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Bliss was it to be young - with Gandhi
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BLISS WAS IT TO BE YOUNG — WITH GANDHI
1


1   O LORD, OPEN THY GATES !

     THE SITE OF Mahatma Gandhi's Sabarmati Ashram, in his home province of Gujarat, has a significance of its own. This ashram lies on the banks of the broad Sabarmati River, facing the industrial city of Ahmedabad from across the water. It is said that somewhere near here, ages ago, stood the ashram of Dadhichi, the hermit who gave up his bones to be made into a thunderbolt for god Indra. The story of Dadhichi is an example of supreme sacrifice. But the story of the Mahatma— (Great Soul)— who built his ashram here in modern times is no less inspiring.

    'This is a good spot for my ashram,' Bapu used to say, (We all called him "Bapu","Father"). 'On one side is the cremation ground. On the other, is the prison. The people in my ashram should have no fear of death, nor should they be strangers to imprisonment.'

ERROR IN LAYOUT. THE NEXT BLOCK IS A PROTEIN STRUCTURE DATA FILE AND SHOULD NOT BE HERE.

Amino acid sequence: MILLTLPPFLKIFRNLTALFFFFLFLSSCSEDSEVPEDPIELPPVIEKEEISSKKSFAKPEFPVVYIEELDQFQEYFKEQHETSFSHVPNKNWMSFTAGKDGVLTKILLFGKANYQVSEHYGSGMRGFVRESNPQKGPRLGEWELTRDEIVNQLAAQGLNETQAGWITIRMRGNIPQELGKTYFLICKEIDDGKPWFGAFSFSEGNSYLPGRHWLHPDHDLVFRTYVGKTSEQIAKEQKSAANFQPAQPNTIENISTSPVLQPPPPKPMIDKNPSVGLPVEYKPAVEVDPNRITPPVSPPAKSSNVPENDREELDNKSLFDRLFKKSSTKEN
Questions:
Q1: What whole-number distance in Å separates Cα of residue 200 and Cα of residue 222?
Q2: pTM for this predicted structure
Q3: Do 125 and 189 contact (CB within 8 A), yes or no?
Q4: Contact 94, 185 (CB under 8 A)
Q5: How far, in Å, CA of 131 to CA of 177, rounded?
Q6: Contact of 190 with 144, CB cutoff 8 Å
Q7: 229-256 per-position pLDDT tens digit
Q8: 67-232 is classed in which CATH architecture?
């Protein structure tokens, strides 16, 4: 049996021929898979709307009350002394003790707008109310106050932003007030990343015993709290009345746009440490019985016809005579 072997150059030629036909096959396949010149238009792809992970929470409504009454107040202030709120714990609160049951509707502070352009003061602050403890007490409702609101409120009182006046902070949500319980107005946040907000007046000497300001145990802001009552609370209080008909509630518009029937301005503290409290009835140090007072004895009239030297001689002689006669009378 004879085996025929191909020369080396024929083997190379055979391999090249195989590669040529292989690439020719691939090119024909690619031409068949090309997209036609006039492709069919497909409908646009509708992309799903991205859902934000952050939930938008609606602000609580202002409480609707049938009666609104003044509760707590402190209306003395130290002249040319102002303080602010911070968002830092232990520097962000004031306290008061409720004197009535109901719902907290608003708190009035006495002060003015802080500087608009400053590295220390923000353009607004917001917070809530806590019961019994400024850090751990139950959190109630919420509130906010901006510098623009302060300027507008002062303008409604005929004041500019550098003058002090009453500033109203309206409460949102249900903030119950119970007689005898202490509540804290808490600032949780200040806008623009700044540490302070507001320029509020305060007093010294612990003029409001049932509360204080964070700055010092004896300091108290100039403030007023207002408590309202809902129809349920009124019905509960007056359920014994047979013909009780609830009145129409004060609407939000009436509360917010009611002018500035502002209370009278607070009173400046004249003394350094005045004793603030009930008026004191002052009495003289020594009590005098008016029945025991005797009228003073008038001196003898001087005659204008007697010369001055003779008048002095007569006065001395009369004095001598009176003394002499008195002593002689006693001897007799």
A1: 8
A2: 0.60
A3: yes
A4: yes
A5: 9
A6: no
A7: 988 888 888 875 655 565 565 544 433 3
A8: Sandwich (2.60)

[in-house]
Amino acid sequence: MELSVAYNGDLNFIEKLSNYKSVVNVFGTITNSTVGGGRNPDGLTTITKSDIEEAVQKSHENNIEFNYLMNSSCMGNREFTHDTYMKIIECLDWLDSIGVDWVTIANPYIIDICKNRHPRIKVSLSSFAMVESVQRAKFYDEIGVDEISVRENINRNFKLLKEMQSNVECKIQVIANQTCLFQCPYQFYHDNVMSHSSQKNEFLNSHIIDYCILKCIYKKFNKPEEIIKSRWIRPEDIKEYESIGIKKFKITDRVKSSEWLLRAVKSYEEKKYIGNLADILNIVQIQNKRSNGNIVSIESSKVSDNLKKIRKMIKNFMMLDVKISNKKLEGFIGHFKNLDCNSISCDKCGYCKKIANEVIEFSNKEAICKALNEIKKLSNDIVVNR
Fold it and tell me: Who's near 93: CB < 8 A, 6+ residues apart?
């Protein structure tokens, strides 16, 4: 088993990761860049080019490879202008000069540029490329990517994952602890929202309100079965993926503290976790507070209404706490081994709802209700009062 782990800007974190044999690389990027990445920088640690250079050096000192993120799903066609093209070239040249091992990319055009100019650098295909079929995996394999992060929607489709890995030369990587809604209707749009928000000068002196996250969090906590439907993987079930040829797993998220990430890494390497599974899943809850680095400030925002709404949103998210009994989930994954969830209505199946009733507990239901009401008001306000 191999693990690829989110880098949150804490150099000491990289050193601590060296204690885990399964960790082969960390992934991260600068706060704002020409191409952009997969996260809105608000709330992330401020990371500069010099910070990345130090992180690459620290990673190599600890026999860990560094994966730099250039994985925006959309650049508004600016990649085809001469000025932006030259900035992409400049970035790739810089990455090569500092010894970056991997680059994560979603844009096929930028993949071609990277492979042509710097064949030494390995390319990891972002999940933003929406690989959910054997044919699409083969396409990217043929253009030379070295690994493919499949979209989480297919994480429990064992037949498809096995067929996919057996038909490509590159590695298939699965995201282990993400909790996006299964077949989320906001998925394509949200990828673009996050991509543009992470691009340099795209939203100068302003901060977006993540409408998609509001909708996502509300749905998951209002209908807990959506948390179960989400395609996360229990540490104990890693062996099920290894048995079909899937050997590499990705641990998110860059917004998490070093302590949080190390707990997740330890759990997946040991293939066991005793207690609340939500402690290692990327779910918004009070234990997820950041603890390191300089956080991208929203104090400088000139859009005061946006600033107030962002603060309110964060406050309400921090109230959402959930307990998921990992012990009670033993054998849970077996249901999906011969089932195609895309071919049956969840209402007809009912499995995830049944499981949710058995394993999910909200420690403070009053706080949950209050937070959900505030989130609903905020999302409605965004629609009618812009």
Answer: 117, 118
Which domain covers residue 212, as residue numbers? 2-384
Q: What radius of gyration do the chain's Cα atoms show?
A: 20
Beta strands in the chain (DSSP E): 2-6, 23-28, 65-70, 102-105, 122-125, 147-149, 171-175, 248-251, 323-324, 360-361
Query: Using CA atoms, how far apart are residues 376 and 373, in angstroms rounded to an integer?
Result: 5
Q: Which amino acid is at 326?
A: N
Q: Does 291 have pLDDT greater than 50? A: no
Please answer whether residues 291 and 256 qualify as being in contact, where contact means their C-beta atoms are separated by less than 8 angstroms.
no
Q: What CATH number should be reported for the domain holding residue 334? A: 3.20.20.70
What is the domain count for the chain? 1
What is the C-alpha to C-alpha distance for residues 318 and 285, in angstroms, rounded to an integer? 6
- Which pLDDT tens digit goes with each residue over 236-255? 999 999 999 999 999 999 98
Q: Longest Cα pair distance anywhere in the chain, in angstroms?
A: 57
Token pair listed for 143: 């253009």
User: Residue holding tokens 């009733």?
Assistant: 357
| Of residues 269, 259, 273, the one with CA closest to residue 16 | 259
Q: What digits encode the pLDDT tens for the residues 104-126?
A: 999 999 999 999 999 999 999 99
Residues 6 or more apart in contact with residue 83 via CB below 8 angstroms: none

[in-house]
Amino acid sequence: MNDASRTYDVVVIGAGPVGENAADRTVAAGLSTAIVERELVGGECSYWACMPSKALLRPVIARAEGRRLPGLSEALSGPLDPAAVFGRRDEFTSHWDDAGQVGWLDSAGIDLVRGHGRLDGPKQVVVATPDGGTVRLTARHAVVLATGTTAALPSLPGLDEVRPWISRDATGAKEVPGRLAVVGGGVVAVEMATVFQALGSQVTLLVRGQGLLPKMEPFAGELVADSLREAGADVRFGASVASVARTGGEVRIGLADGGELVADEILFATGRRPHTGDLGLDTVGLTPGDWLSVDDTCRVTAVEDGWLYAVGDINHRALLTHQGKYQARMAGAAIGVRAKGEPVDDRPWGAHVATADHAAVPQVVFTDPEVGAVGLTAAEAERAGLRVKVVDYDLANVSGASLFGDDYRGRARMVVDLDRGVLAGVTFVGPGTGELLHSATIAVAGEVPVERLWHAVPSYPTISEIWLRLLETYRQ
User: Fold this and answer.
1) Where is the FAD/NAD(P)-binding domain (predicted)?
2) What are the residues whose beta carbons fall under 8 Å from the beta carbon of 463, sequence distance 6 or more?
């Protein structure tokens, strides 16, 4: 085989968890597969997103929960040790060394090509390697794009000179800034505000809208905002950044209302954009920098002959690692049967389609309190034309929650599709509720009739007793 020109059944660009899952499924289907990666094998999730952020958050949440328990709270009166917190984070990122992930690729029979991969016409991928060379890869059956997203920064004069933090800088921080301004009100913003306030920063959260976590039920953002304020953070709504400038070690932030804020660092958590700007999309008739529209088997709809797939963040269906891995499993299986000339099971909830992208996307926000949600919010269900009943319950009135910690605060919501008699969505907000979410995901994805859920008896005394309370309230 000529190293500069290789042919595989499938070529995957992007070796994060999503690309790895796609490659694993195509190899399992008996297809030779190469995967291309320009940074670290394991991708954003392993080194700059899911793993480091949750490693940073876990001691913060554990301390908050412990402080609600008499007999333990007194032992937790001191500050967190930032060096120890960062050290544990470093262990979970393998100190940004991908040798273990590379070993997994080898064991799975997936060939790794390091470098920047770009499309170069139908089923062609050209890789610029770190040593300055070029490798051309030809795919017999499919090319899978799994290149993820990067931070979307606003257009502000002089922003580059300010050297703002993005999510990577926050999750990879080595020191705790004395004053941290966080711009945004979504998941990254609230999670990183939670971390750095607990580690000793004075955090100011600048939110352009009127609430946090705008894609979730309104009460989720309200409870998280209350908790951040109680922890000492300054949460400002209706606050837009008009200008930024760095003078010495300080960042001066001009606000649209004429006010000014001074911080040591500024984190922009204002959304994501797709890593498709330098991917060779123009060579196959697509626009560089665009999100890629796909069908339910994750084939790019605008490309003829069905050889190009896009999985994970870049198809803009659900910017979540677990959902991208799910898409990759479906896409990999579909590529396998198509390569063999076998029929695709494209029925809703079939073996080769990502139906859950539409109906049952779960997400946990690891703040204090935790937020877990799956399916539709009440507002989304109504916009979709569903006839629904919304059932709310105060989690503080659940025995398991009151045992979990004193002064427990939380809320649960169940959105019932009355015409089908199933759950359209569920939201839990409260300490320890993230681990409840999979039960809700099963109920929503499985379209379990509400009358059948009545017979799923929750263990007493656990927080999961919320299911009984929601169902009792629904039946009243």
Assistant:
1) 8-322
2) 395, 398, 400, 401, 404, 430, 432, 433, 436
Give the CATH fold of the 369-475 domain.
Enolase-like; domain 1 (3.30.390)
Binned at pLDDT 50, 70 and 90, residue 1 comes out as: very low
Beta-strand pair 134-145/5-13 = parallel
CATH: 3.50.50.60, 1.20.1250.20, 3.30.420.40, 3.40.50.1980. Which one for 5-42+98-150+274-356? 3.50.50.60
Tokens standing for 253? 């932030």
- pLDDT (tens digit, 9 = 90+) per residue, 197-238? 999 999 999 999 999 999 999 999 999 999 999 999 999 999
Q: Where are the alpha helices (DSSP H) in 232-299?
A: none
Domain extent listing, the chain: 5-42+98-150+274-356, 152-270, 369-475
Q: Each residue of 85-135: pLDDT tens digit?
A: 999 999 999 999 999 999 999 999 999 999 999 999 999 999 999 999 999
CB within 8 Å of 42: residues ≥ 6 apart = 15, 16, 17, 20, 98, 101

One of us would chime in, 'Yes, Bapu, and across the river are the chimnyes of the textile mills, reminding us the forces we must contend with, as advocates of khadi' — homespun cloth.    
    
     My earliest memories of Bapu are intertwined with those of Sabarmati Prison. Bapu would go for a walk each morning and evening. He would put his hands on the shoulders of those either side. These companions would then be Bapu's ("walking sticks"). We children were always given top choice for this job. Whether his human walking stick were really any help to him, perhaps only Bapu could say. But as for us, being chosen always made us swell with pride. In fact, in our eagerness to be chosen, Bapu's "sticks" would sometimes clash together.

(continued)


 
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